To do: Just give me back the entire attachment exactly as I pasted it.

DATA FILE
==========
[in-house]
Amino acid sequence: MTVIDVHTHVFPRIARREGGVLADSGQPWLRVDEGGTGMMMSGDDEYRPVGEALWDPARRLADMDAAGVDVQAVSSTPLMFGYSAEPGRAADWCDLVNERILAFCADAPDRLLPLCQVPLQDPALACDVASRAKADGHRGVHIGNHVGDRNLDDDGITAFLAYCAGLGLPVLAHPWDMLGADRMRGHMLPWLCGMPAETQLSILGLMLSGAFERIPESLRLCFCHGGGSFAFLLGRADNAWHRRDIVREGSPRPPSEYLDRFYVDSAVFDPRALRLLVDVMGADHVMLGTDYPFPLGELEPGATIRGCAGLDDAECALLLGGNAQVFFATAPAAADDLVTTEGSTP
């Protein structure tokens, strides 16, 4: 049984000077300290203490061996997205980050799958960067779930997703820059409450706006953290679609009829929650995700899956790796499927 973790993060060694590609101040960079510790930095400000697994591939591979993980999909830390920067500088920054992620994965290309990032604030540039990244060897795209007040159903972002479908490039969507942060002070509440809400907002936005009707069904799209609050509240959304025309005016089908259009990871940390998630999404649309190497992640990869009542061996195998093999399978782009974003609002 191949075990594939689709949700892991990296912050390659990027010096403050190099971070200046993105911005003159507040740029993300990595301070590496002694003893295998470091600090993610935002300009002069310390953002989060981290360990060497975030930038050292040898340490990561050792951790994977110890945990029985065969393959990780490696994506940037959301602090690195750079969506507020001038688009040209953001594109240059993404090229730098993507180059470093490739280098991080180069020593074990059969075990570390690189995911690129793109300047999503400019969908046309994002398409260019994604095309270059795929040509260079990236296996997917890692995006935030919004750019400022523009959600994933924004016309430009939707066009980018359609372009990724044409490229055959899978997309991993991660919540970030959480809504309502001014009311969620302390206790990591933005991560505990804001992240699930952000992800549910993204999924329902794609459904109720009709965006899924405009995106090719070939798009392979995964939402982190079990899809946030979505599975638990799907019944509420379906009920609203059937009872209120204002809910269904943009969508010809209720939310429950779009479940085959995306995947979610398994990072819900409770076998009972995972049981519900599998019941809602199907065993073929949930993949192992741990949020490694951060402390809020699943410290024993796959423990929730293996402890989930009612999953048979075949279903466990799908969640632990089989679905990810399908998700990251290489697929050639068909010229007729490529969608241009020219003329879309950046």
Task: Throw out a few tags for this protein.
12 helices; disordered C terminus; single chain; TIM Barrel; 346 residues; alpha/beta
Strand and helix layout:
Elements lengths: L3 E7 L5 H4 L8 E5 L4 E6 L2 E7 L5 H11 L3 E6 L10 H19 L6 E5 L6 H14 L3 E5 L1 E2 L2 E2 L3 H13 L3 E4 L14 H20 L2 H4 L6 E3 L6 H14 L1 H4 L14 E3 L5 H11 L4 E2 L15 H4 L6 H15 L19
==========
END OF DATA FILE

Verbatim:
[in-house]
Amino acid sequence: MTVIDVHTHVFPRIARREGGVLADSGQPWLRVDEGGTGMMMSGDDEYRPVGEALWDPARRLADMDAAGVDVQAVSSTPLMFGYSAEPGRAADWCDLVNERILAFCADAPDRLLPLCQVPLQDPALACDVASRAKADGHRGVHIGNHVGDRNLDDDGITAFLAYCAGLGLPVLAHPWDMLGADRMRGHMLPWLCGMPAETQLSILGLMLSGAFERIPESLRLCFCHGGGSFAFLLGRADNAWHRRDIVREGSPRPPSEYLDRFYVDSAVFDPRALRLLVDVMGADHVMLGTDYPFPLGELEPGATIRGCAGLDDAECALLLGGNAQVFFATAPAAADDLVTTEGSTP
């Protein structure tokens, strides 16, 4: 049984000077300290203490061996997205980050799958960067779930997703820059409450706006953290679609009829929650995700899956790796499927 973790993060060694590609101040960079510790930095400000697994591939591979993980999909830390920067500088920054992620994965290309990032604030540039990244060897795209007040159903972002479908490039969507942060002070509440809400907002936005009707069904799209609050509240959304025309005016089908259009990871940390998630999404649309190497992640990869009542061996195998093999399978782009974003609002 191949075990594939689709949700892991990296912050390659990027010096403050190099971070200046993105911005003159507040740029993300990595301070590496002694003893295998470091600090993610935002300009002069310390953002989060981290360990060497975030930038050292040898340490990561050792951790994977110890945990029985065969393959990780490696994506940037959301602090690195750079969506507020001038688009040209953001594109240059993404090229730098993507180059470093490739280098991080180069020593074990059969075990570390690189995911690129793109300047999503400019969908046309994002398409260019994604095309270059795929040509260079990236296996997917890692995006935030919004750019400022523009959600994933924004016309430009939707066009980018359609372009990724044409490229055959899978997309991993991660919540970030959480809504309502001014009311969620302390206790990591933005991560505990804001992240699930952000992800549910993204999924329902794609459904109720009709965006899924405009995106090719070939798009392979995964939402982190079990899809946030979505599975638990799907019944509420379906009920609203059937009872209120204002809910269904943009969508010809209720939310429950779009479940085959995306995947979610398994990072819900409770076998009972995972049981519900599998019941809602199907065993073929949930993949192992741990949020490694951060402390809020699943410290024993796959423990929730293996402890989930009612999953048979075949279903466990799908969640632990089989679905990810399908998700990251290489697929050639068909010229007729490529969608241009020219003329879309950046």
Task: Throw out a few tags for this protein.
12 helices; disordered C terminus; single chain; TIM Barrel; 346 residues; alpha/beta
Strand and helix layout:
Elements lengths: L3 E7 L5 H4 L8 E5 L4 E6 L2 E7 L5 H11 L3 E6 L10 H19 L6 E5 L6 H14 L3 E5 L1 E2 L2 E2 L3 H13 L3 E4 L14 H20 L2 H4 L6 E3 L6 H14 L1 H4 L14 E3 L5 H11 L4 E2 L15 H4 L6 H15 L19